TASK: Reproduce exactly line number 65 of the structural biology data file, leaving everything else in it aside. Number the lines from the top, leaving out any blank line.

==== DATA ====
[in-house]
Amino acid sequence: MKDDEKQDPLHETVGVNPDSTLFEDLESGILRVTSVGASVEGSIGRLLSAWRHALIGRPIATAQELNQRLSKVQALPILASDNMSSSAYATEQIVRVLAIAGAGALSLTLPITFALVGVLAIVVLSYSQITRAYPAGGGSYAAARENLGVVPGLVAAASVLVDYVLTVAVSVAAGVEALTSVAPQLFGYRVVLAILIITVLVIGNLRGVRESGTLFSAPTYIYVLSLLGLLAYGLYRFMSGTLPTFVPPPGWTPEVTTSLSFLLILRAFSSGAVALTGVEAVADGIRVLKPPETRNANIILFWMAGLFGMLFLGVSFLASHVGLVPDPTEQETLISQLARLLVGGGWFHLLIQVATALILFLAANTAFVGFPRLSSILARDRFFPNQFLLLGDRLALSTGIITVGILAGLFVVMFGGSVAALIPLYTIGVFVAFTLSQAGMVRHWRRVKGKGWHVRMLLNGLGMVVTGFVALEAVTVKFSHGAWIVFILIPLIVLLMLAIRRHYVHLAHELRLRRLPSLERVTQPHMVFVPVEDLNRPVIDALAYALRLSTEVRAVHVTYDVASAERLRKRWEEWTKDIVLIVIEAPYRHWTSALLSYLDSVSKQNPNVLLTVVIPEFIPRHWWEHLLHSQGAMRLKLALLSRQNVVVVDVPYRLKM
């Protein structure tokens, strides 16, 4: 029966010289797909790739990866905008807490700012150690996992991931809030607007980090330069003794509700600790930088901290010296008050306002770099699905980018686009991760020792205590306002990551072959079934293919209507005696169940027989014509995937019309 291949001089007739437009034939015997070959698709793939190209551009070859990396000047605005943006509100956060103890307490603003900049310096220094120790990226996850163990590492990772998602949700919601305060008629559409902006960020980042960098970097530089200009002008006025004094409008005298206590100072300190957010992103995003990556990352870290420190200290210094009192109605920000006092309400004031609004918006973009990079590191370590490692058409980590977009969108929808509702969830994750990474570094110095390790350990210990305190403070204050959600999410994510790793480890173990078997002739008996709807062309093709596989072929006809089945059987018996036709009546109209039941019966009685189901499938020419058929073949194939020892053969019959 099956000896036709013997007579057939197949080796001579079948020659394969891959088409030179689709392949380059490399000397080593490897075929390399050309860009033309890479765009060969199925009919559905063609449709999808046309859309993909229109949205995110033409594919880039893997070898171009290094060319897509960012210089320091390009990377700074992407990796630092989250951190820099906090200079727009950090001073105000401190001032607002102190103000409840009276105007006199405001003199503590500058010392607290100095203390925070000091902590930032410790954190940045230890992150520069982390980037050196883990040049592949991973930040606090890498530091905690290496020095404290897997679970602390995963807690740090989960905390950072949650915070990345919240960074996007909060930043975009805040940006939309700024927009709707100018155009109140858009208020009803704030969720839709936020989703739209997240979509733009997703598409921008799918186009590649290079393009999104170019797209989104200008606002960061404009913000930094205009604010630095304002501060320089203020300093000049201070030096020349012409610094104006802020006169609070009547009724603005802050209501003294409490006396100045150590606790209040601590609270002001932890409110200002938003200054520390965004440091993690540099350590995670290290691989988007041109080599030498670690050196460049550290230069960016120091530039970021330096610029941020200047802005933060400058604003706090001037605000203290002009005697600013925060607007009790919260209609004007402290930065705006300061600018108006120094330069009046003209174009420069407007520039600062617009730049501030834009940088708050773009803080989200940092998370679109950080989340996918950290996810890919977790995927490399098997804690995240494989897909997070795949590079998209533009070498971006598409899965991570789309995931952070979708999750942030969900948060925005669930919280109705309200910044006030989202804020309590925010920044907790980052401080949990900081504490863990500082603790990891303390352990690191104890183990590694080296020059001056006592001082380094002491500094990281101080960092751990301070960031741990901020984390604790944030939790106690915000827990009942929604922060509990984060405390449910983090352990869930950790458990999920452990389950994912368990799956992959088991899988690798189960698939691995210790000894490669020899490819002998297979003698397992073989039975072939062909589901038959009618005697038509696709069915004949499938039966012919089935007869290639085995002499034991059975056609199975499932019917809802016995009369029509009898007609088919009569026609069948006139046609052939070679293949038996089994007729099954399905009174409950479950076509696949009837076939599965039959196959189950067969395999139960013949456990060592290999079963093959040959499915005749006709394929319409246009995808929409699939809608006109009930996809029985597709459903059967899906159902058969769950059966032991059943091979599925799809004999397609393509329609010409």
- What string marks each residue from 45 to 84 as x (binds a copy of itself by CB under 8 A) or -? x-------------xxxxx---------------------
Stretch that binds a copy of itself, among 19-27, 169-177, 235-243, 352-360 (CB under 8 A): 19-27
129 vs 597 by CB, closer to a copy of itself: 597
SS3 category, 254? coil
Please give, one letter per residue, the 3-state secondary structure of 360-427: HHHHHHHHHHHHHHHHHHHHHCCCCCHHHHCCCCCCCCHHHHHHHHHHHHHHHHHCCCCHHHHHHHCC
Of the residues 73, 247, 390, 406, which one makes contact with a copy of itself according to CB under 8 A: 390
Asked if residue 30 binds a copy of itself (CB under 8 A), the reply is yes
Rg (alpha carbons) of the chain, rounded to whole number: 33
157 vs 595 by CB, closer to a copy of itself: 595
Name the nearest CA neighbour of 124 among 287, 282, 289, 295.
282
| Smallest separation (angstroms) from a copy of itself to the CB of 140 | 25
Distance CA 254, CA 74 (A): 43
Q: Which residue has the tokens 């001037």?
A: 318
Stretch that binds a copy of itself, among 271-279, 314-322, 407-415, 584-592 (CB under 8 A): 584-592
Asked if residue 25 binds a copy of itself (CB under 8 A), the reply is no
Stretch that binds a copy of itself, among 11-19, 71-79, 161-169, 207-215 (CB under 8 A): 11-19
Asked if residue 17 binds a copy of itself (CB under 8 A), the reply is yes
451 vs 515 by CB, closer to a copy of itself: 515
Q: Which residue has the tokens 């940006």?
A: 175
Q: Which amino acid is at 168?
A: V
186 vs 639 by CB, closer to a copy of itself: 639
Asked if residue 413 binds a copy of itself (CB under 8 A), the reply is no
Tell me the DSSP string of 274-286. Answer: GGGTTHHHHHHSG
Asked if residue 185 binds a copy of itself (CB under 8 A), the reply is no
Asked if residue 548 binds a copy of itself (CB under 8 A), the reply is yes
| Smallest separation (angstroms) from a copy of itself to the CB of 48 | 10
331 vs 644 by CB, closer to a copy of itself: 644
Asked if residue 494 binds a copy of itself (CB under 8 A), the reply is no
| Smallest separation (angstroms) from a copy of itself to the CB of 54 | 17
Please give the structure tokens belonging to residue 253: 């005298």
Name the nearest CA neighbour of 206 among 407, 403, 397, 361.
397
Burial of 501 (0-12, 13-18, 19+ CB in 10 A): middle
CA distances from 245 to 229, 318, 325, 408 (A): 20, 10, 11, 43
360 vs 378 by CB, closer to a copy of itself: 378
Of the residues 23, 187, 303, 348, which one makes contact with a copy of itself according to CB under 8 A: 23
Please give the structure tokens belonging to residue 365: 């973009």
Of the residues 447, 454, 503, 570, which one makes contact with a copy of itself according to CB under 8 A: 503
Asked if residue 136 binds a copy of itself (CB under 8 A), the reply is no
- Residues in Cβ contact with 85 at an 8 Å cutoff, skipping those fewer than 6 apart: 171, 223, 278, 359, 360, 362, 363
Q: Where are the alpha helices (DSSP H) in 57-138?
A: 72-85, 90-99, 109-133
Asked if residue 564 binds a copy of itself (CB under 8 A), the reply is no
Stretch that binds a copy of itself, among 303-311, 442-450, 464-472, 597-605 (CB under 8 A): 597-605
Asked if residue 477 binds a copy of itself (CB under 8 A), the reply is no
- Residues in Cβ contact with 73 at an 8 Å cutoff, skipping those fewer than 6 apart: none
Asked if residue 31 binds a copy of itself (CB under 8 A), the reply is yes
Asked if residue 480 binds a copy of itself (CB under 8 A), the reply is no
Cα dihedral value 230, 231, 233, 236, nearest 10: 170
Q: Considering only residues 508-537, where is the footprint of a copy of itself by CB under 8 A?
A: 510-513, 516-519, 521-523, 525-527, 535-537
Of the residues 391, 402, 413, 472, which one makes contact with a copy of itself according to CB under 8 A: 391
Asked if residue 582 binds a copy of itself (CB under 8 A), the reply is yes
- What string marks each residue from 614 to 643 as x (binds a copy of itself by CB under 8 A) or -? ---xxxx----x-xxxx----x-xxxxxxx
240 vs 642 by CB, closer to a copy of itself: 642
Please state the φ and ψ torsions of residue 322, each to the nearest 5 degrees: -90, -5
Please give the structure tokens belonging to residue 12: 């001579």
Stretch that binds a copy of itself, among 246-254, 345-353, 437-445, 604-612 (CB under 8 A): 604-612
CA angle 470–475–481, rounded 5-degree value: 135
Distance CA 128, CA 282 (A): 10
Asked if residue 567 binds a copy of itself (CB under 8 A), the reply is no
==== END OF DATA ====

Stretch that binds a copy of itself, among 246-254, 345-353, 437-445, 604-612 (CB under 8 A): 604-612